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Artfully Crafting Classic Cocktails

Locally owned and operated, Volstead Bar takes patrons back to the fascinating days of the speakeasy by artfully crafting classic cocktils. Housed in what was the old Dorn Winery and later the Green Door brothel, the Green Door Building is shrouded in Sandusky lore and has seen an array of tenants throughout the years.

Combining these intriguing historical remnants with the speakeasy practices of the aforementioned years, Volstead Bar harkens back to the days of Old Sandusky amidt the New Sandusky renaissance.

Cocktails

Volstead Classic Cocktails

Here are a few choice selections of some of our signature drinks
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Volstead Bar Vesper Martini

Vesper

Gordon’s Gin, Tito’s Vodka, Lillet Blanc
Created by Ian Fleming’s timeless character James Bond, this cocktail first appeared in the book Casino Royale and later appears in the 2006 movie. Vesper Lynd, 007’s love interest, cheekily inquires about the moniker “because of the bitter aftertaste?” To which James replies “because once you’ve tasted it, you won’t drink anything else.”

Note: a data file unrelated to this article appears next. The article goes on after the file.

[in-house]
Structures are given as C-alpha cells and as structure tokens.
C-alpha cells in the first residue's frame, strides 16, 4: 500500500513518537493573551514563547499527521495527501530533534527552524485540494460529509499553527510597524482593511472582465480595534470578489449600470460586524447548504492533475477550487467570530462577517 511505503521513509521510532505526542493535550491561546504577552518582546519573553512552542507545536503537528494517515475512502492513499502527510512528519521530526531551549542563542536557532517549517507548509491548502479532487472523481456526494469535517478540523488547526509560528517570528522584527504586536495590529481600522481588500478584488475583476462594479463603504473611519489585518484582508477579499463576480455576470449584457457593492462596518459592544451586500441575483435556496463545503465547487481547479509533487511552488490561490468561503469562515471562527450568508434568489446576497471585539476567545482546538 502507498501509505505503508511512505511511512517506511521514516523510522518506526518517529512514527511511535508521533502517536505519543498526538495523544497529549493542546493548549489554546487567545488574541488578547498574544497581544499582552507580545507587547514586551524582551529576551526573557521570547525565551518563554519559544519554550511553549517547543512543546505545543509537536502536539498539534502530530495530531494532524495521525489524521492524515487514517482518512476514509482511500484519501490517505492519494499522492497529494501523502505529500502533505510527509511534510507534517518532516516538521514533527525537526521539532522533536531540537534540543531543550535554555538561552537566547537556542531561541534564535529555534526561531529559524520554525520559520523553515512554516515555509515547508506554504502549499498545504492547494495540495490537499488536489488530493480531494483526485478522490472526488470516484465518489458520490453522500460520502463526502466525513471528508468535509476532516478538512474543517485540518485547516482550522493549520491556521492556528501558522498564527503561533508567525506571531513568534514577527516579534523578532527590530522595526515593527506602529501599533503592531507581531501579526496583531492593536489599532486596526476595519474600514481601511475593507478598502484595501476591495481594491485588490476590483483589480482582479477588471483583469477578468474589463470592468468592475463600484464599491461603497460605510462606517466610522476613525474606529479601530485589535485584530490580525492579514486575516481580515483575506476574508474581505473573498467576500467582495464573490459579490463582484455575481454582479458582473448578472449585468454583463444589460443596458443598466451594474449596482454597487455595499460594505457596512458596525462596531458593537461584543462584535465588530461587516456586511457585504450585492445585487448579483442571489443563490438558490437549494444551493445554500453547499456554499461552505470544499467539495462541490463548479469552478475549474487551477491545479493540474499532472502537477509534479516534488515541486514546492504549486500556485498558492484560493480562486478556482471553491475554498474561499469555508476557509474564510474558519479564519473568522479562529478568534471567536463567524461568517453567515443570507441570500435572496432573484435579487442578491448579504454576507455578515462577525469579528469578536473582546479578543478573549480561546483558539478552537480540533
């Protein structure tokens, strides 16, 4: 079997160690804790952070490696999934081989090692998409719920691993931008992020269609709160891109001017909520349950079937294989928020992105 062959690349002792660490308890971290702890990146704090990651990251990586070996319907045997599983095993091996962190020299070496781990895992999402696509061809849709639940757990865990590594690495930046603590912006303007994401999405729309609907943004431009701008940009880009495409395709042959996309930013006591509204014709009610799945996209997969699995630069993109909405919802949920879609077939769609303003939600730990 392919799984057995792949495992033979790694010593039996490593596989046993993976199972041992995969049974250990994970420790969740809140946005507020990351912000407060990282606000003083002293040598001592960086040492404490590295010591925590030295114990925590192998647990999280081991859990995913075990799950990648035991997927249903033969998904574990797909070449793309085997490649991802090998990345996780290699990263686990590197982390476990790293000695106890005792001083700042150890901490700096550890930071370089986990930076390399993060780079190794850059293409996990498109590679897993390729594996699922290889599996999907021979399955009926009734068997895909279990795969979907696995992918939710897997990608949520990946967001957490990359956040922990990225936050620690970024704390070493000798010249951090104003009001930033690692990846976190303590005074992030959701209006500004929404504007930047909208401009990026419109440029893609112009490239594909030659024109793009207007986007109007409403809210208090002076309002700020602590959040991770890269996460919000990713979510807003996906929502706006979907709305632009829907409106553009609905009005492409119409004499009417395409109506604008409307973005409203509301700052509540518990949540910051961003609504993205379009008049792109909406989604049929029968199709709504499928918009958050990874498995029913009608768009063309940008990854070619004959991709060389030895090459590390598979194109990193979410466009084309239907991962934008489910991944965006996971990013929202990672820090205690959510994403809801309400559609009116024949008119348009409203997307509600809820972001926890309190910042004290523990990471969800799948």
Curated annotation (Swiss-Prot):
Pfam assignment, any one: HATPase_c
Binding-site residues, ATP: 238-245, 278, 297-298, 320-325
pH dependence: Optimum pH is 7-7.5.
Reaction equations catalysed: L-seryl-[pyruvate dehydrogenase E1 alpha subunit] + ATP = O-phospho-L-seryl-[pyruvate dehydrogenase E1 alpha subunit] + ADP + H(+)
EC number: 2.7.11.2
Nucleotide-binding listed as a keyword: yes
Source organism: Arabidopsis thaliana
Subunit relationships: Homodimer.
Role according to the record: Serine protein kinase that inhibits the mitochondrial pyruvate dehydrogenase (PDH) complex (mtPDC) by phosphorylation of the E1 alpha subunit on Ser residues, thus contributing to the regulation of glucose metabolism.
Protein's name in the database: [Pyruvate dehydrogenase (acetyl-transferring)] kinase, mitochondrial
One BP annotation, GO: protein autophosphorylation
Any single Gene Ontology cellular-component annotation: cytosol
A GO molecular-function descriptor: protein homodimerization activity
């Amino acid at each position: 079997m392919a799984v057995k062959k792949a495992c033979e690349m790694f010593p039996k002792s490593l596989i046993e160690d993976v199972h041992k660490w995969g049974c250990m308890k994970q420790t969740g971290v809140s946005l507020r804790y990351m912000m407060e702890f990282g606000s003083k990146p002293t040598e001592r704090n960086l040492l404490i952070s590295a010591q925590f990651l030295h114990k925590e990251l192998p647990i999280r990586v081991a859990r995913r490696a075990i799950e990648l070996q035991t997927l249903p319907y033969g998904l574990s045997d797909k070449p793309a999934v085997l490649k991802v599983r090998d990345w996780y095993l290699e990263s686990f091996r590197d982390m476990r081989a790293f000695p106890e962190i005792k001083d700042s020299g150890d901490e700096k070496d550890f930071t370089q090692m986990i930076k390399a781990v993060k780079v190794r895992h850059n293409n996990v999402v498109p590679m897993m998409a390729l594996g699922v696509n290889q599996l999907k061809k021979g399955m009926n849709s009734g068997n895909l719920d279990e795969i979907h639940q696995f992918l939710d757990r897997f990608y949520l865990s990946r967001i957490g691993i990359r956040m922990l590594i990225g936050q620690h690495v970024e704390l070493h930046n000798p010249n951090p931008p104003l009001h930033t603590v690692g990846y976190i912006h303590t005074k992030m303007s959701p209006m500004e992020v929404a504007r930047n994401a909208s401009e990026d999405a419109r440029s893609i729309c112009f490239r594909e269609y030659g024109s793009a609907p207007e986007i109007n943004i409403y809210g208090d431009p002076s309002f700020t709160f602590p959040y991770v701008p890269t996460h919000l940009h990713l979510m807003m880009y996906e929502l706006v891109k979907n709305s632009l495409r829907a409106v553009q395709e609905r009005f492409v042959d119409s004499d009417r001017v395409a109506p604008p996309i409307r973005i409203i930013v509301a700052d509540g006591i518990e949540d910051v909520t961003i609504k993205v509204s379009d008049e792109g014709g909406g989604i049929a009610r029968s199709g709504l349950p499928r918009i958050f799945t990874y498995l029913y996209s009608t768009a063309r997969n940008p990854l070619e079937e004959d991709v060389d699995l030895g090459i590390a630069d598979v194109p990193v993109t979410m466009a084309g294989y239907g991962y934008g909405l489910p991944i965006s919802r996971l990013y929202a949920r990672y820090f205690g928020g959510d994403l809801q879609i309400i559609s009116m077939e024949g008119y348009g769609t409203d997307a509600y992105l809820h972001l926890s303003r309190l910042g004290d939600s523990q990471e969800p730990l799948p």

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Volstead Bar & Speakeasy - Sandusky Ohio

Old Fashioned

Rye Whiskey, Angostura Bitters, Sugar Cube
While documented as far back as 1806, the title of this original concoction was first printed in the Chicago Daily Tribune in 1880. Although this muddled libation fell out of favor after the 1960’s, Don Draper from AMC’s Mad Men must be considered partially responsible for it’s resurgence.

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Volstead Bar & Speakeasy - Sandusky Ohio

Ward 8

Rye Whiskey, Orange Juice, Lemon Juice, Grenadine
Ironically, this classic cocktail was accidentally coined in 1898 by Boston native and stout Prohibitionist, Martin Lomasney. After voting region Ward 8 captured him a seat in the Massachusetts state legislature, the soon-to-be-named drink was served during his celebration dinner. Sorry Martin.

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Volstead Bar Mint Julep Cocktail

Mint Julep

Old Forester Bourbon, Mint, Simple Syrup
Although a first print appearance in 1803 placed the mixture in the hands of early rising Virginians, others claim an Arabic origin in the Mediterranean made with rose petals and water called a “Julap.” While this cocktail synonymous with the Kentucky Derby may have an uncertain origin, there’s no mistaking the look of a classic Mint Julep – silver cup and a budding mint sprig

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